Nicole Uphoff’s retired Olympic dressage partner Rembrant has died at the age of 24
The legendary dressage horse Rembrandt has died at the age of 24.
Ridden by his owner Nicole Uphoff, Rembrandt took part in three consecutive Olympic Games the combination claiming their first individual gold medal in Seoul in 1998 when Nicole was just 22 and the youngest dressage winner ever.
In nine years of grand prix competition together they amassed an incredible haul of 21 gold, three silver and one bronze medals.
Rembrandt by Romadour II out of the mare Adone by the Thoroughbred Angelo was considered to be one of the first of the modern German dressage horse.
His extravagant movement combined with lightness and elegance attracted many admirers, although at times his Thoroughbred temperament was never far from the surface.
FEI judge Nick Williams judged the combination at the Seoul and Barcelona Olympics, onboth occasions completing his score sheet with the perfect 10.
He said: “I have had the privilege to judge many great horses, but Rembrandt was a special horse and an exhilarating horse to judge as he epitomised impulsion with absolute lightness.Within two strides he was in maximum extension and within two strides in maximum collection with lightness – but you could never see Nicole doing anything – they had an amazing telepathic rapport.”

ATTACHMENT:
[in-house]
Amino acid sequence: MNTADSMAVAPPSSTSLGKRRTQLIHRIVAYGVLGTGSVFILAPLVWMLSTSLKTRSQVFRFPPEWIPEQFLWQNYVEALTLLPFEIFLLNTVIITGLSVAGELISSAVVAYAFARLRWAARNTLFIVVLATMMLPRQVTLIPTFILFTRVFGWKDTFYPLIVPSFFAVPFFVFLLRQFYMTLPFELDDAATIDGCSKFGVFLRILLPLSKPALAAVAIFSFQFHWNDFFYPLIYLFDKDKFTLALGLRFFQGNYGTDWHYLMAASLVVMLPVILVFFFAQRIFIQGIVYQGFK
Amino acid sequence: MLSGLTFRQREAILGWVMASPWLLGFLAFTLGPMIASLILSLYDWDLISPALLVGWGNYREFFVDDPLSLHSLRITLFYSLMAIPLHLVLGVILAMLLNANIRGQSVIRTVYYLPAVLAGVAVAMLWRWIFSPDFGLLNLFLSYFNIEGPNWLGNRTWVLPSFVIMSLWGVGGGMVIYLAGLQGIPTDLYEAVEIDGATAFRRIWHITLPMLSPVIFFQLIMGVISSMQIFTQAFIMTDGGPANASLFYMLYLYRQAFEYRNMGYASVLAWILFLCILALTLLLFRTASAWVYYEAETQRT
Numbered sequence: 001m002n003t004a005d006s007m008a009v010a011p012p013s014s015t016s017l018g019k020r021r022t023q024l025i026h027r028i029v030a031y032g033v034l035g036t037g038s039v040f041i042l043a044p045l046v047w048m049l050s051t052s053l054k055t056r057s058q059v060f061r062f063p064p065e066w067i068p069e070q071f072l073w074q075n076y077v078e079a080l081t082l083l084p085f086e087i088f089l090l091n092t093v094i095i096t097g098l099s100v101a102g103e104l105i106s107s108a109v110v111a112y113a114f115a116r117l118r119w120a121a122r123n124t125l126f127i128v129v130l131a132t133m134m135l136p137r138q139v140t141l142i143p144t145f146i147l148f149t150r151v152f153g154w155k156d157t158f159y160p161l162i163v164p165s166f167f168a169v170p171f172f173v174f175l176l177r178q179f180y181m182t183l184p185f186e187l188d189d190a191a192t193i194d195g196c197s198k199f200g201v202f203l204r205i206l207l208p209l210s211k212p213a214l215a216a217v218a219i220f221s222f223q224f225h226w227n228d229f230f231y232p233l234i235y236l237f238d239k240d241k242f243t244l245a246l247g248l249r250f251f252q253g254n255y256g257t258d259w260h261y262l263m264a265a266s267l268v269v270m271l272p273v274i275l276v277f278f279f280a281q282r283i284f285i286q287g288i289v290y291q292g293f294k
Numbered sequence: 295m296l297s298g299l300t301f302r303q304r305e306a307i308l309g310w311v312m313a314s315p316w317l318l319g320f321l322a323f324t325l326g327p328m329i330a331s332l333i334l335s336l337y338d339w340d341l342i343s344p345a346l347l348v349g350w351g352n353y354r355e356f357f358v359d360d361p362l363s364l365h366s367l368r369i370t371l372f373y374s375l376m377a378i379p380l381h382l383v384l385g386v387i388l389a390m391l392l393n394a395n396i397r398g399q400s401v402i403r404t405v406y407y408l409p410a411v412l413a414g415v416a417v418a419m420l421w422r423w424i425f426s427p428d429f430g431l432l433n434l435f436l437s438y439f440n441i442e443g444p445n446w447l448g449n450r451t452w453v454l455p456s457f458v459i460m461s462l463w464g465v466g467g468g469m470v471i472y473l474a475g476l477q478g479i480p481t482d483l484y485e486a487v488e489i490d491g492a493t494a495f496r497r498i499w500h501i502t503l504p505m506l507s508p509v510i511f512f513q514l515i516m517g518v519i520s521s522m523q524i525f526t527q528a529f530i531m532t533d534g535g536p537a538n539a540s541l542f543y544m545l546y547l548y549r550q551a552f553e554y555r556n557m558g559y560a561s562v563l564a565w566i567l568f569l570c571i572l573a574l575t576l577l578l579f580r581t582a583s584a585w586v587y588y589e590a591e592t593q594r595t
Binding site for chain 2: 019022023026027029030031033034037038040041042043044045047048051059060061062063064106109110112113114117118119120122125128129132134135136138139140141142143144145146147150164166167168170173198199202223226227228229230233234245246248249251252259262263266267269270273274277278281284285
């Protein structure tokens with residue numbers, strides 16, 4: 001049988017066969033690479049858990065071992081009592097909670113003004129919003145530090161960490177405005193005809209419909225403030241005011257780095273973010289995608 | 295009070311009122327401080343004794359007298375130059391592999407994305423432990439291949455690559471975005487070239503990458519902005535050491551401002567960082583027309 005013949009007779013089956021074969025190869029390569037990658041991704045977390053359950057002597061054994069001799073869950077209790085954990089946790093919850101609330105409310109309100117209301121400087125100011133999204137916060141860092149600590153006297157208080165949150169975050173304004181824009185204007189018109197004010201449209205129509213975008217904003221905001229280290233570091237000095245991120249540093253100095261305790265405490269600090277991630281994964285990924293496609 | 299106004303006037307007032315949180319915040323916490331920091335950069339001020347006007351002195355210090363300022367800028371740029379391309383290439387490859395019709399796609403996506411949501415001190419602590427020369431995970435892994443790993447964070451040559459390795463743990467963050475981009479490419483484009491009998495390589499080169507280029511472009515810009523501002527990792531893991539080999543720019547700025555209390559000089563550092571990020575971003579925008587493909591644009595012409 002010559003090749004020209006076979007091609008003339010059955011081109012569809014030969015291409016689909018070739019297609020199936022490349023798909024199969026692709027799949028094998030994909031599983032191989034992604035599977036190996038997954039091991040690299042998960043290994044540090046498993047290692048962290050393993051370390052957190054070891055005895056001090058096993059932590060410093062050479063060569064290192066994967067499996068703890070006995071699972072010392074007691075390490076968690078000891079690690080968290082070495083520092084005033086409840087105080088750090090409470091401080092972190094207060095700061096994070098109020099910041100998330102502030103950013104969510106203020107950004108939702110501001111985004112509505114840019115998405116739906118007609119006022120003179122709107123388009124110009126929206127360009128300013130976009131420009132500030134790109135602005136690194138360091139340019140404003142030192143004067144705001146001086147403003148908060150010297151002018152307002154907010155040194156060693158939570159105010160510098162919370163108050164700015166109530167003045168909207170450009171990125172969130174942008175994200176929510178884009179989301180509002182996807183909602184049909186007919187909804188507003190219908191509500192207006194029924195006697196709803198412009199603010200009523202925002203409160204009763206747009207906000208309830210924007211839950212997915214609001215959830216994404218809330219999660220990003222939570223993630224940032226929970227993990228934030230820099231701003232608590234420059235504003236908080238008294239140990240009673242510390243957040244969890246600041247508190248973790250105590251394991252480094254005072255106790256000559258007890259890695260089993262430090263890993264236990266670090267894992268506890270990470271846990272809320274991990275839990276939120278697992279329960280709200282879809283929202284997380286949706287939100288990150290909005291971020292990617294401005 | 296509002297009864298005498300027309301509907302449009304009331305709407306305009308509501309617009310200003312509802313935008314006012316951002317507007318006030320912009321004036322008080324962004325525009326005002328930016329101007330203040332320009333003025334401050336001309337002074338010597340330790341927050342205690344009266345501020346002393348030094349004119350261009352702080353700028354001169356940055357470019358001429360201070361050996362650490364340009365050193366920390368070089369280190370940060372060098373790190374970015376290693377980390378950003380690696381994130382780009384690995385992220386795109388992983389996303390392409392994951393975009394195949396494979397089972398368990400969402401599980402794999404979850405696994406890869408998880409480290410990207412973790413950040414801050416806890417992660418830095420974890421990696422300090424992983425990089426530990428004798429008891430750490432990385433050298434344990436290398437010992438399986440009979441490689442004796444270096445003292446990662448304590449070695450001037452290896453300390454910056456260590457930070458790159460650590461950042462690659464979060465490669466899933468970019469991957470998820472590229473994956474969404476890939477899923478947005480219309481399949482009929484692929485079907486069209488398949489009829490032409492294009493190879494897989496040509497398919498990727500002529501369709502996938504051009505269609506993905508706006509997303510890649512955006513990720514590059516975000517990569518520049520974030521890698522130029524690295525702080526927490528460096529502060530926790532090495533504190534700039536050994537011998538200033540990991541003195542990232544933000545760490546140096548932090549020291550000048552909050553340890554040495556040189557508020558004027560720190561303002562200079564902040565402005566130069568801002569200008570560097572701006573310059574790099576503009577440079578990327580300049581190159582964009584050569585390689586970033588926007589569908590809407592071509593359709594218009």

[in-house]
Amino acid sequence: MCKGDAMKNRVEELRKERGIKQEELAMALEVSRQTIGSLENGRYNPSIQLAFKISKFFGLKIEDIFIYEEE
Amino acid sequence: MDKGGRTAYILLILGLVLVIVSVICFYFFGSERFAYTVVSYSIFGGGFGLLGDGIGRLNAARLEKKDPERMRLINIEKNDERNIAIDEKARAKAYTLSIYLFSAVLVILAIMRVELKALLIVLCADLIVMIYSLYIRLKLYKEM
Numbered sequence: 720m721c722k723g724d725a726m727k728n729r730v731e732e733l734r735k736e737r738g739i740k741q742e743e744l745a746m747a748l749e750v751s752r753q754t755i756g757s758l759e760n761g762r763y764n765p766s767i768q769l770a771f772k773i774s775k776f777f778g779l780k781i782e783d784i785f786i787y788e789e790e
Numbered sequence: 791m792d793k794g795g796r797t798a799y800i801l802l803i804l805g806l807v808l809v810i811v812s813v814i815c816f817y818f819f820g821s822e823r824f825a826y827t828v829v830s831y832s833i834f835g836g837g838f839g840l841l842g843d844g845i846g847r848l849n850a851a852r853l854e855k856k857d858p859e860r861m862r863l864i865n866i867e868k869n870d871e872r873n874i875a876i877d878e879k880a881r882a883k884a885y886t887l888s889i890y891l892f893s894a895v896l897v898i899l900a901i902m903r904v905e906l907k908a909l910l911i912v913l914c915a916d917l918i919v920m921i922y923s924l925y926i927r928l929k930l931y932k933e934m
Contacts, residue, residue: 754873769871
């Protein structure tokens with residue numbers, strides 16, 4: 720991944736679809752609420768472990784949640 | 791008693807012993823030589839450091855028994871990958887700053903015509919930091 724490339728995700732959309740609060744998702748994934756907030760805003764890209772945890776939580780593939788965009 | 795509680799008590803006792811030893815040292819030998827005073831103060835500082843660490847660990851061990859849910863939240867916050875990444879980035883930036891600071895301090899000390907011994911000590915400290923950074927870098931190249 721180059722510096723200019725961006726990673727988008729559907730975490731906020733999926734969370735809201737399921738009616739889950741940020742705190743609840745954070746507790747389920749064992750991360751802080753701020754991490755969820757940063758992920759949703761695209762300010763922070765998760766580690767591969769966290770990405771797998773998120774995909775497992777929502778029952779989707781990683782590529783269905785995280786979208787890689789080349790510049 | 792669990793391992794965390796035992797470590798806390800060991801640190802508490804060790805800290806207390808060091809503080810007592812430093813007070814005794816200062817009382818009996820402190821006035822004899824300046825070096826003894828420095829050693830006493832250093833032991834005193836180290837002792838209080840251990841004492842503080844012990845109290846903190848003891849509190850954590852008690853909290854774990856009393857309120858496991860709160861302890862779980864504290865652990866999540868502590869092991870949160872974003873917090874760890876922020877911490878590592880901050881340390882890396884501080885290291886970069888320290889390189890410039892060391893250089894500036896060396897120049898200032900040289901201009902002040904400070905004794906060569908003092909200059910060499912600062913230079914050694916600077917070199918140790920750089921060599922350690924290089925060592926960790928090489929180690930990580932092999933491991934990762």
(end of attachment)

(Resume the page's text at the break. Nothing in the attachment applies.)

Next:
In 1994, it looked as though his high profile career was to end after a disastrous prize-giving ceremony at the German national championships when Rembrandt received a kick from another horse taking a chip off the stifle.
He made a full recovery to comeback to top-class competition and at the age of 18 took part in the Atlanta Olympics, although somewhat controversially as they were left out of the German squad and Nicole decided to compete as her right to defend their Olympic title.
The combination finished in 14th place and Rembrandt was retired soon after.